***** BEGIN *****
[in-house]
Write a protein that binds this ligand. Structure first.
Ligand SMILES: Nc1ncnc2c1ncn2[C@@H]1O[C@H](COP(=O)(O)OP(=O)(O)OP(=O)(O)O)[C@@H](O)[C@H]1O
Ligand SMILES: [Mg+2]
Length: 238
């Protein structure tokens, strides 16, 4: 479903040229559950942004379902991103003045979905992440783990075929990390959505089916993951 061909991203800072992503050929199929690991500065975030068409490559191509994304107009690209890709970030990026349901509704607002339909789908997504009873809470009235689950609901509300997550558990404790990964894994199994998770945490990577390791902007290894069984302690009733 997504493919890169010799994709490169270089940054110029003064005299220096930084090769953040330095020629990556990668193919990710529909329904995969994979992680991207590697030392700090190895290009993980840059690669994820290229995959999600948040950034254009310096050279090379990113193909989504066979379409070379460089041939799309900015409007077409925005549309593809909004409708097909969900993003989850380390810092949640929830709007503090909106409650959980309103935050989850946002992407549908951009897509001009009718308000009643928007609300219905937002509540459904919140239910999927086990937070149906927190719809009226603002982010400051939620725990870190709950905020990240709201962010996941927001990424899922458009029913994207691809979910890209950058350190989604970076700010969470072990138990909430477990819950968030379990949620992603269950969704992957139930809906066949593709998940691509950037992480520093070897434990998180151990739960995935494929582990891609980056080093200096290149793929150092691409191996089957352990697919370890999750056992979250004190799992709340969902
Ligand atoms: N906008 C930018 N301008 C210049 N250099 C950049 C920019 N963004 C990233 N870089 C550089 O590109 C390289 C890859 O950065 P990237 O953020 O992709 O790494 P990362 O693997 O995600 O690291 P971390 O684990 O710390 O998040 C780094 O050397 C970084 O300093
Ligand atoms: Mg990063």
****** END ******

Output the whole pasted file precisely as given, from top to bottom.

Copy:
[in-house]
Write a protein that binds this ligand. Structure first.
Ligand SMILES: Nc1ncnc2c1ncn2[C@@H]1O[C@H](COP(=O)(O)OP(=O)(O)OP(=O)(O)O)[C@@H](O)[C@H]1O
Ligand SMILES: [Mg+2]
Length: 238
């Protein structure tokens, strides 16, 4: 479903040229559950942004379902991103003045979905992440783990075929990390959505089916993951 061909991203800072992503050929199929690991500065975030068409490559191509994304107009690209890709970030990026349901509704607002339909789908997504009873809470009235689950609901509300997550558990404790990964894994199994998770945490990577390791902007290894069984302690009733 997504493919890169010799994709490169270089940054110029003064005299220096930084090769953040330095020629990556990668193919990710529909329904995969994979992680991207590697030392700090190895290009993980840059690669994820290229995959999600948040950034254009310096050279090379990113193909989504066979379409070379460089041939799309900015409007077409925005549309593809909004409708097909969900993003989850380390810092949640929830709007503090909106409650959980309103935050989850946002992407549908951009897509001009009718308000009643928007609300219905937002509540459904919140239910999927086990937070149906927190719809009226603002982010400051939620725990870190709950905020990240709201962010996941927001990424899922458009029913994207691809979910890209950058350190989604970076700010969470072990138990909430477990819950968030379990949620992603269950969704992957139930809906066949593709998940691509950037992480520093070897434990998180151990739960995935494929582990891609980056080093200096290149793929150092691409191996089957352990697919370890999750056992979250004190799992709340969902
Ligand atoms: N906008 C930018 N301008 C210049 N250099 C950049 C920019 N963004 C990233 N870089 C550089 O590109 C390289 C890859 O950065 P990237 O953020 O992709 O790494 P990362 O693997 O995600 O690291 P971390 O684990 O710390 O998040 C780094 O050397 C970084 O300093
Ligand atoms: Mg990063």